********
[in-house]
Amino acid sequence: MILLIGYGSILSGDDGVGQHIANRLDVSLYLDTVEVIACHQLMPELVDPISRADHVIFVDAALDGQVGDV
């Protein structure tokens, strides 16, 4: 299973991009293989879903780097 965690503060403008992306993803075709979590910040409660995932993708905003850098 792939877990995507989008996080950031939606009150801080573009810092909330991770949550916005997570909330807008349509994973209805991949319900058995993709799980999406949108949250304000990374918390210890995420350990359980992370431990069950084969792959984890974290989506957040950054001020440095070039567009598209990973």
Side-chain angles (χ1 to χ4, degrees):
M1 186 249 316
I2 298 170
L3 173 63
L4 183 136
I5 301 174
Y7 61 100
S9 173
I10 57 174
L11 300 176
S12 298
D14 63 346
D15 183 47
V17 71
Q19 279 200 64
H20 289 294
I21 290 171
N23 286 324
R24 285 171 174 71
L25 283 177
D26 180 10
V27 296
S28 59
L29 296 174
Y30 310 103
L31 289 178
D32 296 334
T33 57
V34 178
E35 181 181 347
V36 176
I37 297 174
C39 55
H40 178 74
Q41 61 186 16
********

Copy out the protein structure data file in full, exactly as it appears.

[in-house]
Amino acid sequence: MILLIGYGSILSGDDGVGQHIANRLDVSLYLDTVEVIACHQLMPELVDPISRADHVIFVDAALDGQVGDV
């Protein structure tokens, strides 16, 4: 299973991009293989879903780097 965690503060403008992306993803075709979590910040409660995932993708905003850098 792939877990995507989008996080950031939606009150801080573009810092909330991770949550916005997570909330807008349509994973209805991949319900058995993709799980999406949108949250304000990374918390210890995420350990359980992370431990069950084969792959984890974290989506957040950054001020440095070039567009598209990973």
Side-chain angles (χ1 to χ4, degrees):
M1 186 249 316
I2 298 170
L3 173 63
L4 183 136
I5 301 174
Y7 61 100
S9 173
I10 57 174
L11 300 176
S12 298
D14 63 346
D15 183 47
V17 71
Q19 279 200 64
H20 289 294
I21 290 171
N23 286 324
R24 285 171 174 71
L25 283 177
D26 180 10
V27 296
S28 59
L29 296 174
Y30 310 103
L31 289 178
D32 296 334
T33 57
V34 178
E35 181 181 347
V36 176
I37 297 174
C39 55
H40 178 74
Q41 61 186 16